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Chemotherapy may not only damage a woman's fertility but that of her children too, research suggests.

It has long been known chemotherapy can wreck patients' ability to have children and women and men are therefore encouraged to freeze eggs or sperm before treatment.

But a study found children born to women who had had chemotherapy had 72 per cent fewer children of their own than those whose mothers had not had the treatment.

Children of men who had had chemo did not seem to be affected, going on to have a similar number of children to those whose fathers had not. While the effect seems dramatic, the researchers, from the University of Utah, urged caution, pointing out it was a small study with a very low number of participants.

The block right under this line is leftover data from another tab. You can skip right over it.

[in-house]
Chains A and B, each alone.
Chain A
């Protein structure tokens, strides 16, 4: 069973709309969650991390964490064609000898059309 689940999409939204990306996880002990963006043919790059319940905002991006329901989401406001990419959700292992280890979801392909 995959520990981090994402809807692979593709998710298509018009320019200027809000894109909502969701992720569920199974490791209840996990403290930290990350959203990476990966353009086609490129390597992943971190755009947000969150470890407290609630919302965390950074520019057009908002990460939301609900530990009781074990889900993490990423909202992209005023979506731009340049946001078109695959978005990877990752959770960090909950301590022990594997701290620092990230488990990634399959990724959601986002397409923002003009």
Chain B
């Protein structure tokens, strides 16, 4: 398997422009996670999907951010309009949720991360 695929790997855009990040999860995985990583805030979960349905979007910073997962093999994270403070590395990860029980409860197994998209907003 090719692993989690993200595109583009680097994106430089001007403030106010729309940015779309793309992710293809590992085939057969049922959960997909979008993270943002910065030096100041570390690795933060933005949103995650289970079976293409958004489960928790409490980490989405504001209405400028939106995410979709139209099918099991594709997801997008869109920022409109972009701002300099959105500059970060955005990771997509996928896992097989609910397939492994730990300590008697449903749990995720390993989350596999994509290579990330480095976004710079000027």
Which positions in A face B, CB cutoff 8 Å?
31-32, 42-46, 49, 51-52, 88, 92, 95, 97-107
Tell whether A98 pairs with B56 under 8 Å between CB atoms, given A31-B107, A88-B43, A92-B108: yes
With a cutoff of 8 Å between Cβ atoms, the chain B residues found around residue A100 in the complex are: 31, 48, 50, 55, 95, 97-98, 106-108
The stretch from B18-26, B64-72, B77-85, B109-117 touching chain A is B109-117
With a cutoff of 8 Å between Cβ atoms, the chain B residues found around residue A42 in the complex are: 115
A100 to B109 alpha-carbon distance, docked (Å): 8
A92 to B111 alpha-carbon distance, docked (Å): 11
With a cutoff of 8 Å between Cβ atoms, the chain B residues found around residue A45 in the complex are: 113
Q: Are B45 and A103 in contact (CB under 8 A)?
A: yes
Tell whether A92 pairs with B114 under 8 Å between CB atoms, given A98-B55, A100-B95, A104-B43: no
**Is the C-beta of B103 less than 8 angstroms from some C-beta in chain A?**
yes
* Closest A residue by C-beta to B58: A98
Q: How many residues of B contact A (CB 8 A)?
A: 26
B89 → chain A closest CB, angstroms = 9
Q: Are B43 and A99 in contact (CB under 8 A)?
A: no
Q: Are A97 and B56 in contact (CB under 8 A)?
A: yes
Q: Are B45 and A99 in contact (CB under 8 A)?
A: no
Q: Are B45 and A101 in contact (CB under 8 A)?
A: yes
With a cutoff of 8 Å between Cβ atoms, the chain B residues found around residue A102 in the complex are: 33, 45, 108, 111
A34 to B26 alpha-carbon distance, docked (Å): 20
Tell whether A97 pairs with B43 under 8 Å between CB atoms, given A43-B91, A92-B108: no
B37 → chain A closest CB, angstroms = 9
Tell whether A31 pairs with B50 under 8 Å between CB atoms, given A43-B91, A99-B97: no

Lead researcher Dr Biren Patel said: ‘There might be an effect but we plan to repeat this study in ten years?...?It is important to not over-call the results yet. More work needs to be done.'

Scientists believe fertility could be damaged between generations due to epigenetics – changes compared to switches that turn on or off certain genes in the DNA passed on to someone's offspring. Smoking has already been shown to cause such changes.

The team, who used data from the Utah Population Database and presented their findings to the ASRM, said further research is needed to look for such genetic changes in children born to chemotherapy patients.